Wednesday, August 20, 2014

The Trouble with Frank Bruni

Frank Bruni is capable of writing insightful critiques of New York’s great restaurants. When he writes about education he can only offer us fast food.

Former New York Times food writer and current columnist, Frank Bruni had an op-ed piece in the New York Times entitled The Trouble with Tenure. In the article, Bruni quotes extensively from Mike Johnston, the former Teach for America temp teacher and public school principal, who is currently a Colorado State Senator from Denver and the author of Colorado’s 2010 law abolishing tenure. Bruni also quotes noted educational authority Whoopi Goldberg in the piece.

The gist of the Johnston/Bruni argument is that principals need the flexibility to “hire for talent and release for talent” so that they can form a team with the “same vision.” And that tenure provides no incentive to improve practice and provides no accountability for student outcomes. Johnston/Bruni continues, “We want a tenure system that actually means something, that’s a badge of honor you wear as one of the best practitioners in the field and not just because you’re breathing.”

I would call Johnston’s take on tenure the typical viewpoint of a bad principal. For you see it is the principal who issues and denies a teacher tenure. It is silly to blame teachers or teacher unions for tenure abuse, when the granting of tenure is fully in the hands of the administration. Johnston’s viewpoints on teacher unions and “bad teachers” were no doubt formed during his Teach for America indoctrination. He wants the principals to have the power to fire at will. He has now taken his bias into the schools he managed and into the Colorado Legislature. But, as Linda Darling-Hammond has famously said, “You can’t fire your way to excellence.”

Doing away with tenure will not improve student learning. Good principals know how to achieve results for children within the constraints of tenure.

How do good principals work to achieve a strong team with a shared vision under a tenure system? Let’s start with an understanding that teaching is a complex process that requires complex metrics to judge its effectiveness. A system of weighing merit through student progress on standardized tests is fraught with error and will be recognized by a good principal as a very limited way to judge success. The good principal communicates to teachers a deep understanding of the complexity of the job and issues fair assessments based on that understanding and based on intimate knowledge of the teacher, the students and the learning environment created by that teacher.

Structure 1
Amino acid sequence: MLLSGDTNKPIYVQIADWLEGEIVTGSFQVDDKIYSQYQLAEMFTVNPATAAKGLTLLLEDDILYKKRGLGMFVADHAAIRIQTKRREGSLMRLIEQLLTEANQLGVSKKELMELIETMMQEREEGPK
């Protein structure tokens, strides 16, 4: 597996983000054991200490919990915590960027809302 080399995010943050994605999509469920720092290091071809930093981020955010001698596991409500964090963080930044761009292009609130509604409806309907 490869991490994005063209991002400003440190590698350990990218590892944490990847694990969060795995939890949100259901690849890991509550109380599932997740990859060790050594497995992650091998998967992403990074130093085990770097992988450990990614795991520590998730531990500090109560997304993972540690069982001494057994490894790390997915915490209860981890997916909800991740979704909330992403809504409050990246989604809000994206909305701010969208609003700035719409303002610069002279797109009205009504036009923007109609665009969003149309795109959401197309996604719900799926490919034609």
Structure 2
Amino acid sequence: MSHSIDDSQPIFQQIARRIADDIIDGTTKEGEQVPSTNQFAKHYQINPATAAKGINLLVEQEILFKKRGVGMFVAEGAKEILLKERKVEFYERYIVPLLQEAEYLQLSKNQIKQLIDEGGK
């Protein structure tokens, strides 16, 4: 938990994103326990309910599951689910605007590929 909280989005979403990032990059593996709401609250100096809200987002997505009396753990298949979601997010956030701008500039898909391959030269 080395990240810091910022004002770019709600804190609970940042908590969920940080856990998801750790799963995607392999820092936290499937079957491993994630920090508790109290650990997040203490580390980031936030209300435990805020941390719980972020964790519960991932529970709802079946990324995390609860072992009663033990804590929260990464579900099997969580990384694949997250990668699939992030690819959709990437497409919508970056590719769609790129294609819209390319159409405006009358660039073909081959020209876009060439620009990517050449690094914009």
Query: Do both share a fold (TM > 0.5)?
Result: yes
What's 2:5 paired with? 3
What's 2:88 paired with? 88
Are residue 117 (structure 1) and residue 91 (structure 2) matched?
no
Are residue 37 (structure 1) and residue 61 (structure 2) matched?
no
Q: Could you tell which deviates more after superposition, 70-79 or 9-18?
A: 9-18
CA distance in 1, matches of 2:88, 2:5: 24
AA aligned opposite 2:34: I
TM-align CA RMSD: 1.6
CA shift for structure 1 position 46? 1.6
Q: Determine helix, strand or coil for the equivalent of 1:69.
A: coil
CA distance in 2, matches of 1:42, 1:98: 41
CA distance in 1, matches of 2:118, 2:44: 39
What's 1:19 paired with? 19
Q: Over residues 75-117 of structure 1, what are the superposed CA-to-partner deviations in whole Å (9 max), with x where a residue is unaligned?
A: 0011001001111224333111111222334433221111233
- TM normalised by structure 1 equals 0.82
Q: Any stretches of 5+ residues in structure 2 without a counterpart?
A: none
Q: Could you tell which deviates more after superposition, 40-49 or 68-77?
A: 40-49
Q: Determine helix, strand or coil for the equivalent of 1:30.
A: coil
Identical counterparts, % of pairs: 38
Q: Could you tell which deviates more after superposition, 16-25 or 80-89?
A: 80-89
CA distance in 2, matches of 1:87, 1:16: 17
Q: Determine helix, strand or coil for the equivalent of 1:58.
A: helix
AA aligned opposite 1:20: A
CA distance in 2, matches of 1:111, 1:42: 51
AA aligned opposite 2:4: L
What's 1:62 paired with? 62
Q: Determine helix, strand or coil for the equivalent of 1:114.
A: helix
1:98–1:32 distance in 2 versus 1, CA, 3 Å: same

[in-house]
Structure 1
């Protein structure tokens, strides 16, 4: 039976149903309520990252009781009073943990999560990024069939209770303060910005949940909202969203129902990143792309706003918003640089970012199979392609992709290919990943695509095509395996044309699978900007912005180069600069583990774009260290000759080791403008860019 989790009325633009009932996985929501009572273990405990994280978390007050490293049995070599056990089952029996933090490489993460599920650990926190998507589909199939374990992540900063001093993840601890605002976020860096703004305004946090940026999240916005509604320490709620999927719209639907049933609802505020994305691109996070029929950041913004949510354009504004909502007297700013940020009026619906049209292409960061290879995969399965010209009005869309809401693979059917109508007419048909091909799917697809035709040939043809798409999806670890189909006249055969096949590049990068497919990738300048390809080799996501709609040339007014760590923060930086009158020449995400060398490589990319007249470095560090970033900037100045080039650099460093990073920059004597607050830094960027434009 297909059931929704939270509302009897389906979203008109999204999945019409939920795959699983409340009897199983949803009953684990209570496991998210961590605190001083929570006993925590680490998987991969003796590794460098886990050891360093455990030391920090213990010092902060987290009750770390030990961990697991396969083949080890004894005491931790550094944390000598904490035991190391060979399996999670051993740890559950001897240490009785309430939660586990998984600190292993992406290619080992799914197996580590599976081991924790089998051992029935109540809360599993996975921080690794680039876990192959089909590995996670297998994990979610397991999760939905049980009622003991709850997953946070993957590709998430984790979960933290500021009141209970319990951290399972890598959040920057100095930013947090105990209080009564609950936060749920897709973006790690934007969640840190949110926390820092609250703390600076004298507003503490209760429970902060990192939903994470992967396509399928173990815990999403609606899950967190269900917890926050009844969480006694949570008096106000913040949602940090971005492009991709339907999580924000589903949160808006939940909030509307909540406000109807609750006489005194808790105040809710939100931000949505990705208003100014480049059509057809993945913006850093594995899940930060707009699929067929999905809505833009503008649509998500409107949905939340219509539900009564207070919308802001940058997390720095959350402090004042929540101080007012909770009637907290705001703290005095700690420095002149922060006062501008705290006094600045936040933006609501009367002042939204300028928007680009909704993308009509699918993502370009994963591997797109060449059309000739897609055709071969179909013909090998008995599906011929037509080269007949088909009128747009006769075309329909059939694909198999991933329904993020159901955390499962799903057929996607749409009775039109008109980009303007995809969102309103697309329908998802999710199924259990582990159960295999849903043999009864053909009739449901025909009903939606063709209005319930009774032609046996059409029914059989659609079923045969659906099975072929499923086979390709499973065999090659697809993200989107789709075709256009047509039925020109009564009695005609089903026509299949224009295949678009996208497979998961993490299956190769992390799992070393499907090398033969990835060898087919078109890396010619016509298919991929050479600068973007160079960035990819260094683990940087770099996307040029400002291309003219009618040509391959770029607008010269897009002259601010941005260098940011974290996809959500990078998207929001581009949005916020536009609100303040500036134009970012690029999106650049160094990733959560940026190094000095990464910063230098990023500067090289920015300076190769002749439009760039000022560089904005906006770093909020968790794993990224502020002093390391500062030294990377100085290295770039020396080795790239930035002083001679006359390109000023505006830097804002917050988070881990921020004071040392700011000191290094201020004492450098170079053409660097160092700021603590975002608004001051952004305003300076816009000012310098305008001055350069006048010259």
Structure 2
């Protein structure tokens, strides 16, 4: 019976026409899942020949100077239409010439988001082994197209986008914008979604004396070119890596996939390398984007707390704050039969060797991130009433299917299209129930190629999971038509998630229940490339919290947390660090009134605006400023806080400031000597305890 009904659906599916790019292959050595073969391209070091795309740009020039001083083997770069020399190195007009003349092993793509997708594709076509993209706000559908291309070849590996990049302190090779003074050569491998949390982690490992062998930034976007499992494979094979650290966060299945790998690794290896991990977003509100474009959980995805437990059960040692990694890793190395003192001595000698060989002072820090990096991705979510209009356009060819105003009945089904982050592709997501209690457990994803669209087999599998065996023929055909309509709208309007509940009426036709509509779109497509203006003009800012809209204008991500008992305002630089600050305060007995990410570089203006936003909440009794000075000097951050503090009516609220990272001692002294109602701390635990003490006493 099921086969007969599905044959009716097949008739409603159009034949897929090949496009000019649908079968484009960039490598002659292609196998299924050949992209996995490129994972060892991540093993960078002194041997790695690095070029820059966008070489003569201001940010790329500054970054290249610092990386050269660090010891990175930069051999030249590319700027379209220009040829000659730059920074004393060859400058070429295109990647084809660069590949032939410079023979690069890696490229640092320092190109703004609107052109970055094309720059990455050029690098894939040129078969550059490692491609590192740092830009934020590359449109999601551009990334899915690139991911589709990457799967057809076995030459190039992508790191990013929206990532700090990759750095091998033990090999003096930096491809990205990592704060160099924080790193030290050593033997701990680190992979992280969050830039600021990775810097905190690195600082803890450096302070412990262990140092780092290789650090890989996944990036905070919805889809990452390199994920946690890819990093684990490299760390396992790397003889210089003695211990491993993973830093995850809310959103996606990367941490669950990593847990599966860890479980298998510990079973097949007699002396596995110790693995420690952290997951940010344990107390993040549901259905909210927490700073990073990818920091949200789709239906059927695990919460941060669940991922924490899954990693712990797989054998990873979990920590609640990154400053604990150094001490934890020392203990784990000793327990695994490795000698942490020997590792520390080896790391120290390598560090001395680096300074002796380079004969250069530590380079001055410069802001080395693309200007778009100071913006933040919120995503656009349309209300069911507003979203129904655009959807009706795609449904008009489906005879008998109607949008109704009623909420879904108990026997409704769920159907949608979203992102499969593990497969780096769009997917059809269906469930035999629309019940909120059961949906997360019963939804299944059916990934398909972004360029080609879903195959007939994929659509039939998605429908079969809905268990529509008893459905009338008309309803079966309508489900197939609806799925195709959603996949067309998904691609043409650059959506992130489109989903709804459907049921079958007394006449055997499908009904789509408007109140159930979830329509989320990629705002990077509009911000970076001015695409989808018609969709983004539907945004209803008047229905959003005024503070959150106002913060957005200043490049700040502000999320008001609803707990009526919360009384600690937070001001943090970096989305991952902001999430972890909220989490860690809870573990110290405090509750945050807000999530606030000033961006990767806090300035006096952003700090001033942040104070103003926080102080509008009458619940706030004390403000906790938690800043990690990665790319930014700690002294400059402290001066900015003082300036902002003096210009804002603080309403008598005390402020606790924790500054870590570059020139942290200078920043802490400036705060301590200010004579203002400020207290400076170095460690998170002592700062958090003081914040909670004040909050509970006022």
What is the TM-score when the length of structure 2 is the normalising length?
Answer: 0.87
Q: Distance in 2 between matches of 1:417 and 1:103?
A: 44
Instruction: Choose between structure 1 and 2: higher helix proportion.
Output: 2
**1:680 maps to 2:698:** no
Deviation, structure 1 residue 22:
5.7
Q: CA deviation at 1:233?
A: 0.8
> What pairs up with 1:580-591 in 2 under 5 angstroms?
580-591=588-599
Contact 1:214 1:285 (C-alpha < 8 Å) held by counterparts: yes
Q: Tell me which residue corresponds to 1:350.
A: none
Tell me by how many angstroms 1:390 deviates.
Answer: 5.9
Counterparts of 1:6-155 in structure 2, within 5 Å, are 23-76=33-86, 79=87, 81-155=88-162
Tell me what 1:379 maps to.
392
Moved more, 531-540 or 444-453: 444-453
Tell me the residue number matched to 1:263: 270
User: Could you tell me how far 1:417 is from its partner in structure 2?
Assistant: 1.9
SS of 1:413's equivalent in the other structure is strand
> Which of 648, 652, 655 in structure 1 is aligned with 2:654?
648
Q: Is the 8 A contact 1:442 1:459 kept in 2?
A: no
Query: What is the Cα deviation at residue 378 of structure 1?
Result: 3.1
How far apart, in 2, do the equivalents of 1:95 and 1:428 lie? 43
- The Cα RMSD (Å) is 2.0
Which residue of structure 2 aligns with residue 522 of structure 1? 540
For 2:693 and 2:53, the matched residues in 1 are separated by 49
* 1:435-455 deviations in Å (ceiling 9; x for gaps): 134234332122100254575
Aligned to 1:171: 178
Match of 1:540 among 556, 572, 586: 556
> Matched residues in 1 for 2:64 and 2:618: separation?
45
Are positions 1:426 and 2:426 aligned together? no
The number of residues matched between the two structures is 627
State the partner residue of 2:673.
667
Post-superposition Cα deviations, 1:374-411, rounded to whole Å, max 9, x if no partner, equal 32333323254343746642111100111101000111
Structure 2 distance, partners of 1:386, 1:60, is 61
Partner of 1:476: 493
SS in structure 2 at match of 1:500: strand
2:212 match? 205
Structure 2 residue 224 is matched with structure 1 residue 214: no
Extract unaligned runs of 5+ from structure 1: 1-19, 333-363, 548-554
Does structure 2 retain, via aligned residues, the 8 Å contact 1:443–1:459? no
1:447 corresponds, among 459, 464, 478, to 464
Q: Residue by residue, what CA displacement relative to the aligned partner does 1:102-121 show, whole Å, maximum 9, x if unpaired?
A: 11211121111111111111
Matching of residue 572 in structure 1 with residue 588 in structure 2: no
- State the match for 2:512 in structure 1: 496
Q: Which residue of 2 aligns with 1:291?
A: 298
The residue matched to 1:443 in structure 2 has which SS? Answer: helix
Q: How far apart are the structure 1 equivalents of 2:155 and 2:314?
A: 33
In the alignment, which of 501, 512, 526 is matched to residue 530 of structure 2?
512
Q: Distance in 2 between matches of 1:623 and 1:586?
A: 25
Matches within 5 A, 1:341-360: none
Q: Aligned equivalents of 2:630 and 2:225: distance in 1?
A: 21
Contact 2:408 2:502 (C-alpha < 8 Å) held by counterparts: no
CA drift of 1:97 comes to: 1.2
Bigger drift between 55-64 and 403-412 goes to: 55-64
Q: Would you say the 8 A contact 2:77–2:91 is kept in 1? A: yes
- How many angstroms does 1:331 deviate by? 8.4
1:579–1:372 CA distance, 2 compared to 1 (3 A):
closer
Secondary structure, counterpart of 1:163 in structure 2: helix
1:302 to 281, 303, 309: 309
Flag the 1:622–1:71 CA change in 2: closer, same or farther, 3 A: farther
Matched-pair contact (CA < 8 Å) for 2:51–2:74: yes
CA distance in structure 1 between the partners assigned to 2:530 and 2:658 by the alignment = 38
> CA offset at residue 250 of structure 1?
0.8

Secondly, a good principal builds a strong team by hiring the very best candidates s/he can find and providing them with the support they need to succeed in the form of professional development and adequate resources. After 2,3 or 4 years of providing the needed support, if the principal, using a variety of inputs, determines the teacher is not being successful with children, then tenure is not granted. So one way a good principal builds a strong team is to hire well, train well and cut the cord when things do not go well.

But what of those so-called “bad teachers”? What of those teachers the principal has inherited from former “bad principals” who were simply granting tenure for those who had been there for three years? A good principal doesn’t whine about not being able to get rid of the teacher, a good principal works to help the struggling teacher improve, through a corrective action plan, through professional development and through an intensive supervisory model. By investing this time, the good principal often finds that the teacher improves and a new loyal member of the instructional team has been added to the ranks. Sometimes the struggling teacher is unwilling or unable to improve and as long as the principal has documented the efforts at improvement and the failures to demonstrate improvement, that teacher can be removed under any tenure law.

Is it a long and tedious process? Yes, it can be. Could it be streamlined? Probably. But the streamlining of tenure process must be weighed against the possible mistakes that can lead to a competent teacher being dismissed after shoddy work by an administrator.

Tenure does not prevent a talented principal from forming a strong team with a united vision. A principal creates a strong team through the communication of a clear vision that is supported by research on how children learn, by understanding the complexities of the teaching/learning process and through hiring, staff development and staff improvement processes that move the institution forward. I have seen this happen in four schools I worked in as a teacher and administrator. There are no shortcuts and tenure is not the roadblock that Bruni, Goldberg and Johnston would have us believe.

In previous posts here and here, I have discussed the need for tenure. The need can be boiled down to the necessity for teacher autonomy, teacher advocacy for children and reasonable protections from politically motivated hiring and firing.

Frank Bruni is capable of writing insightful critiques of New York’s great restaurants. When he writes about education he can only offer us fast food.